Words from on high
Human Flow also presents its images at the height of words. And much more extensively so than is indicated by the straightforward quote from the poetry of Nâzim Hikmet which appears in the prologue. In fact, over the course of the film a great many quotations are superimposed over the images: ancient Buddhist sayings, Persian poems, excerpts from Adonis, Sherko Bekas (a Kurdish poet), Nizar Qabbani (a Syrian poet) and Mahmud Darwix… But the status of words in this film deserves an appeal beyond these reassuring intimations of poetic or spiritual wisdom. Who, above all, is given a voice? This is the question that must be addressed. The refugees themselves? In truth no: their accounts rarely last more than fifteen seconds, in other words the length of an eyewitness account in any TV news item, which limits their statements in many cases to commonplace or even impersonal observations, about the freedom they desire or the suffering they have borne.
Those who speak most fully and continuously in Human Flow are in general the authorities who have the task of addressing situations of crisis from on high. There is indeed a highly valuable contribution made by non-governmental organisations, through the words of official representatives of the UNHCR, Human Rights Watch, UNICEF, etc. The issue becomes more complex, though, in the case of political or military authorities, such as the Hungarian officer who is "protecting" his border; the Jordanian princess who speaks elegantly before a mountain landscape; or Walid Jumblatt, giving a personal pronouncement from his palace. These are in all cases supposedly expert contributions, always in English, which explain to us from on high all the whys and wherefores of the refugees' situation. It is a way of following the conventional steps of a television documentary, in which the artist, in a reverse shot, takes on the role of star journalist, systematically approving the authorised account. There are a host of quotations from the international press (without one single book being cited), from Die Zeit (“Angela Merkel: We can do it”) to The New York Times, from the The Guardian to Der Spiegel and from CNN to CBS News...
Because of this unreserved affiliation with the media and official channels of communication, Human Flow offers nothing of what Gilles Deleuze formulated in his famous address "What is the act of creation?" about the counter-information provided by the work of artists as an act of resistance: "What relationship does an artwork have with communication? None. An artwork is not an instrument of communication. An artwork has nothing to do with communication. An artwork does not contain the slightest information. Meanwhile, there is a fundamental affinity between an artwork and an act of resistance. In this case it is connected with information and communication as an act of resistance. [...] Counter-information only becomes truly effective if it is (as by nature it in fact is), or it becomes, an act of resistance. ... Counter-information is only effective when it becomes an act of resistance."
 G. Deleuze, “Qu’est-ce que l’acte de création?” (1987), Deux régimes de fous. Textes et entretiens, 1975-1995, ed. D. Lapoujade, París, Les Éditions de Minuit, 2003, p. 300.
Staging the largesse of an artist
“The artist films himself, camera in hand, heading to the aid of refugees all around the world. The true "human height" reveals itself above all as the staging of an artist's largesse in waging hand-to-hand combat against global suffering.”
What ultimately happens at the human height? How do the numerous cameras in Human Flow view human beings? What do we ourselves, as the audience, see in this way of viewing? We see soldiers in Iraq positioned in an authoritarian stance above a mass of cowed refugees. We see men and women, silent about their misfortune, pose before the white canvas of a UNHCR tent. We see women speaking hurried and jumbled words to the camera. We see a man crying before the grave of five members of his family. But why so many cameras for so few face-to-face interviews? Above all because in this "artist's film", the idea is to film the artist himself, camera in hand, heading off to assist refugees all round the globe. The true "human height" in Human Flow is seen above all as the staged largesse of an artist engaging in hand-to-hand combat with the world's misery.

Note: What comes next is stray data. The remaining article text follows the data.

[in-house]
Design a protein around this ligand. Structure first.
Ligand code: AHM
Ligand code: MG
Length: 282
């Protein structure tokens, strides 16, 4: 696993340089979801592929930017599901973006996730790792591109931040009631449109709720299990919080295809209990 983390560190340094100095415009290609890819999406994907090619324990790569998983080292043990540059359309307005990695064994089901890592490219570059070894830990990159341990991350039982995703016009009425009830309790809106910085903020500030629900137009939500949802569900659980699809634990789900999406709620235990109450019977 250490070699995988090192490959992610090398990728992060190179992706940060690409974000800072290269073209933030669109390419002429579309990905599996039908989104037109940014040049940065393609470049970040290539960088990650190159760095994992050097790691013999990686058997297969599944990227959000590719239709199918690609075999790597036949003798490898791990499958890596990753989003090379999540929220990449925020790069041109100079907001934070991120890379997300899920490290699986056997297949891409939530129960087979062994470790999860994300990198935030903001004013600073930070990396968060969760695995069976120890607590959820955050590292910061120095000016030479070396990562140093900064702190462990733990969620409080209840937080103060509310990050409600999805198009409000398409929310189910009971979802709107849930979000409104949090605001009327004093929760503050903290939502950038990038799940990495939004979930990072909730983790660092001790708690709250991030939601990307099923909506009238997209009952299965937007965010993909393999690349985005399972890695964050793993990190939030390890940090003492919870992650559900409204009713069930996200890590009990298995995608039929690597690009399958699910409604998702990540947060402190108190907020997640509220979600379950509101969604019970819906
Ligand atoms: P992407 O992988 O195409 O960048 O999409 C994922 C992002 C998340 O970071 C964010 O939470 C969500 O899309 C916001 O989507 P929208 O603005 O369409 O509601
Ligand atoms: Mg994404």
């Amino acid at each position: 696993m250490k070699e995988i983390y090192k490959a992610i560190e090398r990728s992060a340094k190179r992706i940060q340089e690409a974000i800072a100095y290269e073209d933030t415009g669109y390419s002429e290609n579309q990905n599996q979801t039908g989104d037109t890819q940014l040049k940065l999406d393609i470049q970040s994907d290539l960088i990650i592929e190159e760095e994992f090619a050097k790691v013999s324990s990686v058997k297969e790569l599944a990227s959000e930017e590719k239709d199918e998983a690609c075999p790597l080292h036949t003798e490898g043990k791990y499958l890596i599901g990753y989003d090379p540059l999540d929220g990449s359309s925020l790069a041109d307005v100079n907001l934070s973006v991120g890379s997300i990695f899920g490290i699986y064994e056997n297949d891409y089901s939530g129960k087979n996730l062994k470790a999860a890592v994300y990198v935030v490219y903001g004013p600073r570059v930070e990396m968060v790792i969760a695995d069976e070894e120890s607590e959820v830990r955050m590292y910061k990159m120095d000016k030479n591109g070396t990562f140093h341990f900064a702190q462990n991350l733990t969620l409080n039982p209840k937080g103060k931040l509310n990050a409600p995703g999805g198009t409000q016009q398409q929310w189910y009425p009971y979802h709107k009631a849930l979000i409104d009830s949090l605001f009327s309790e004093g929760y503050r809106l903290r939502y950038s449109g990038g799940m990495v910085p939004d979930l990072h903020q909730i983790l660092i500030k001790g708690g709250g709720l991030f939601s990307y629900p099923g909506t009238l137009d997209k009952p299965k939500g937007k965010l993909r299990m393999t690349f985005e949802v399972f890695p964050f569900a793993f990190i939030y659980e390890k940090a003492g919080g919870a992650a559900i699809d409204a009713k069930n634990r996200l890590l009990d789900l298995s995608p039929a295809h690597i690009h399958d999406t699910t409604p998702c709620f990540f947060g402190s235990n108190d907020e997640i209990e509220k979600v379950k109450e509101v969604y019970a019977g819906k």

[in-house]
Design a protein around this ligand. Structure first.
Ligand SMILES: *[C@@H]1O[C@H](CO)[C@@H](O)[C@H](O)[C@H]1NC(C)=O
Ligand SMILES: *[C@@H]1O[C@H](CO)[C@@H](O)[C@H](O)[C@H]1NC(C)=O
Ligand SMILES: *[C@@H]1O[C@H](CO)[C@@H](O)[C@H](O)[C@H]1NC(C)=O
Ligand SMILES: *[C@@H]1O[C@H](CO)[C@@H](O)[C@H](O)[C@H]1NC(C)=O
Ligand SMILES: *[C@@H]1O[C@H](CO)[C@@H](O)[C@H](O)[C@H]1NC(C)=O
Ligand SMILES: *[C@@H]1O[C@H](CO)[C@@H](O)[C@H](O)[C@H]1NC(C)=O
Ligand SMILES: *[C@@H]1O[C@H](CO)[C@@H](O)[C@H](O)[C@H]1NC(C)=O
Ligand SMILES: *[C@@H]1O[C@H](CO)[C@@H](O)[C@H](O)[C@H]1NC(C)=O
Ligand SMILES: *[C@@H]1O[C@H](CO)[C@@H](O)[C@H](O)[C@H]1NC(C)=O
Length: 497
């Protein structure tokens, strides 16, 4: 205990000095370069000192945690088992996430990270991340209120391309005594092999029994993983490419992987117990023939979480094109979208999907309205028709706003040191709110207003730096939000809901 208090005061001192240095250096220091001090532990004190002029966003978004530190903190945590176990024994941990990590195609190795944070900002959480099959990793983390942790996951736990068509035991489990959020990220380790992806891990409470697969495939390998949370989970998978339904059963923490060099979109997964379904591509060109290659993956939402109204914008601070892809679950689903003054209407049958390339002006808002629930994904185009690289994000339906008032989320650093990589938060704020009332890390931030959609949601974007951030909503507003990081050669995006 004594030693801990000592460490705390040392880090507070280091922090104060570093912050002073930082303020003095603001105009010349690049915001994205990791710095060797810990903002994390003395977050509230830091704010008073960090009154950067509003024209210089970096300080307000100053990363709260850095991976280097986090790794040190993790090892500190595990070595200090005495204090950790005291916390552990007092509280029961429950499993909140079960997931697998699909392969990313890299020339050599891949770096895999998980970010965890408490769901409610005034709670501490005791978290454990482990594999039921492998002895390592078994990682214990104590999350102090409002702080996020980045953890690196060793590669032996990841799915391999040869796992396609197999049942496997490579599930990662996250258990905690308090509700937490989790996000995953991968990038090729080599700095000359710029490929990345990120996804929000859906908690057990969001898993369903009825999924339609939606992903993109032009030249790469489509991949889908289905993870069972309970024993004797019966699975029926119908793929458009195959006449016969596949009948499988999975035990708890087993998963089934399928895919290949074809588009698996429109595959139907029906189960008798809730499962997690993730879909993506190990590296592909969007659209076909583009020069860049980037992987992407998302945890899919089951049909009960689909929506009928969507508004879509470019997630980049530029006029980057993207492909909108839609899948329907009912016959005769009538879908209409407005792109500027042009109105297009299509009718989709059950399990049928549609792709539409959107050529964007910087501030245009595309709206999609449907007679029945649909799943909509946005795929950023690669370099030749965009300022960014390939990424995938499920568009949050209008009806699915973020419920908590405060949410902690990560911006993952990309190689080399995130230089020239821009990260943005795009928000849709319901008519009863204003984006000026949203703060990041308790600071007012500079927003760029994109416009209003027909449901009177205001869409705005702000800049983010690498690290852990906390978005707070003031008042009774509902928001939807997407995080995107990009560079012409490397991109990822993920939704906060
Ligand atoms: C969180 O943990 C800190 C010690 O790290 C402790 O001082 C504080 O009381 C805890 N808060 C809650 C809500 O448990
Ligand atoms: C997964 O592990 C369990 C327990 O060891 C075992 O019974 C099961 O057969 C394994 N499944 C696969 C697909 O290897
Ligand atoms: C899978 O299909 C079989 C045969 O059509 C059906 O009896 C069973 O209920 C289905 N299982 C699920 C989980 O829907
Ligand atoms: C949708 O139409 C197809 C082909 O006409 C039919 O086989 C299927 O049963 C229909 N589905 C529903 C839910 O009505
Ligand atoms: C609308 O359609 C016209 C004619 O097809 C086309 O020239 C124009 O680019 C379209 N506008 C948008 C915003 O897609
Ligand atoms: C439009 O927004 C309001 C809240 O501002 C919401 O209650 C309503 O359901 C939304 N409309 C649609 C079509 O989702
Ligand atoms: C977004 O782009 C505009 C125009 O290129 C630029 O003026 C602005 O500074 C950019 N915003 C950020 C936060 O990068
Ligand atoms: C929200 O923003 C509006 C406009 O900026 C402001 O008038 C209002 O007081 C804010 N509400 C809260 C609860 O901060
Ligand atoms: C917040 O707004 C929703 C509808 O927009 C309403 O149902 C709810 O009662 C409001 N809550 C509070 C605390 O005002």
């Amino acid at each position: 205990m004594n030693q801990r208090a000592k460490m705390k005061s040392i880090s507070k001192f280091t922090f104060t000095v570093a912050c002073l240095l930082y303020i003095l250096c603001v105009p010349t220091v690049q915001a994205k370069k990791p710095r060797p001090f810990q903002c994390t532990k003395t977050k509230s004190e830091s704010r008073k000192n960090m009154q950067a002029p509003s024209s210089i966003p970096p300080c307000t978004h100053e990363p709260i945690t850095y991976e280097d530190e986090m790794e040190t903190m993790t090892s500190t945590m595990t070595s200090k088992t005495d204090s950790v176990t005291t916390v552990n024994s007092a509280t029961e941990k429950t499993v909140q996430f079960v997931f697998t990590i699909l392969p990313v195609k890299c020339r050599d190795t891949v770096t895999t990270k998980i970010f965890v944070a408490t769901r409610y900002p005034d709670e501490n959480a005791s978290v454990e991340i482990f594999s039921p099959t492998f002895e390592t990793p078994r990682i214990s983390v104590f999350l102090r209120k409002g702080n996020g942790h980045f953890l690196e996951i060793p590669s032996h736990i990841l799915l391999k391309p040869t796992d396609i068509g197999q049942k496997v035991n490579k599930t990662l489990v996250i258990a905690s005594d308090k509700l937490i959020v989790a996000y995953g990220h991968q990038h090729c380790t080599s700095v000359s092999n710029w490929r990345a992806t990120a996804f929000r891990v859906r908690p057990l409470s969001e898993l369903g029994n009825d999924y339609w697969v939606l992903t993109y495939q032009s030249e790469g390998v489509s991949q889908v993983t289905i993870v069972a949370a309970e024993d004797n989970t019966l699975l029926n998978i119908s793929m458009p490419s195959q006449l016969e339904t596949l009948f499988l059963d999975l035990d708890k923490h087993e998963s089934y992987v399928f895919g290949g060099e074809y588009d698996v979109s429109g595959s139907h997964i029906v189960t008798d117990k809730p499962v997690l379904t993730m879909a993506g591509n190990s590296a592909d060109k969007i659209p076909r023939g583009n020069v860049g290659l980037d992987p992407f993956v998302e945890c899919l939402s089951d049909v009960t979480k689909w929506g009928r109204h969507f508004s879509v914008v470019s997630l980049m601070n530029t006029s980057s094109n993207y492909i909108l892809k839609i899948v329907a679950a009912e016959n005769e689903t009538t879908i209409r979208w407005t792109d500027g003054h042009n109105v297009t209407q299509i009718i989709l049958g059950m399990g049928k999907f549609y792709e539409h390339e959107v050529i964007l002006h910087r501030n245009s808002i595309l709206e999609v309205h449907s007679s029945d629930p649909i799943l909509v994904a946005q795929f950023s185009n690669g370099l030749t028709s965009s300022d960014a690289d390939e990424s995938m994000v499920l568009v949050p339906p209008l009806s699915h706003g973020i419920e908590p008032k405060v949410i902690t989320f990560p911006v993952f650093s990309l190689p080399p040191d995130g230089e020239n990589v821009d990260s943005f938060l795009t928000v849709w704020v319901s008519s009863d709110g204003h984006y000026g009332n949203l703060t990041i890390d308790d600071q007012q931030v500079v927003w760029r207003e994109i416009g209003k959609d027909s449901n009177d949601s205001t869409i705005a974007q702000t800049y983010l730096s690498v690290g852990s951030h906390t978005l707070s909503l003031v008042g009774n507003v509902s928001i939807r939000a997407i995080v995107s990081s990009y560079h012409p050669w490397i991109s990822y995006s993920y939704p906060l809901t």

One could, then, see in this film the account of a great humanitarian pilgrimage of art towards the provinces of misfortune. In short, it is a film "laden with good intentions", and technically supported, technically built for this purpose. It undoubtedly manages to raise its own indignation, to raise ours once again, about the situation currently suffered by the world's refugees. But does this indignation, coming from a dignitary of the world of culture, restore to the refugees the civic dignity they are owed? One might say that the famous artist gives those over whom he casts his glance the same type of dignity by proxy that Angelina Jolie might so kindly give to the starving in Sierra Leone. But it is a quite ingenuous speculation as to the ethical virtues of our showbiz society: as if an artistic aura were enough to "touch" the downtrodden of the earth in order that they might, as through the laying on of hands, recover their dignity as individuals. Let this be quite clear: what is questioned here is not the fact that an art form should take a look at the situation of refugees, nor is the assertion that this should be forbidden. Quite the opposite; the aim is to state that a decision like this, to take a look at refugees, demands the constant reinvention of the ethics of form, to ensure at least that there is no assumption of power over the subject being filmed. It is always possible for anyone, even a "great" artist to address others or represent them visually without viewing them "from on high" (Vermeer and Rembrandt, as far as I know, never looked down from on high like this).
Whatever the case, it seems to me that the form constructed and implemented in Human Flow simply lacks both this aesthetic rigour and the "probity" and "fairness" that would result from it. This may be seen above all in the way the artist throughout the whole film frames his self-portrait "with the refugees in the background", or in a number of dialogues where the reciprocity is nothing more than faked. In Lesbos, the artist takes selfies like a star with his admirers. In Jordan, the artist prepares brochettes (or makes a show of doing so). He films the trails of refugees from afar, while a picturesque camel is seen in close-up. On another occasion he buys from a travelling fruit seller, and seems to check his change. In Idomeni, he walks for three or four seconds through the mud, speaks with someone on the other side of the fence, is thrilled by the image of a kitten on a mobile, films while walking over some emergency tents, shows an interest in his own shadow, and lastly pretends to exchange passports with a refugee, suggesting that he go and live in his studio in Berlin… The polite, or ironic, reply of the refugee: “Thank you, really thank you”. The artist replies with an expression that his own gesture ultimately contradicts: “I respect you”.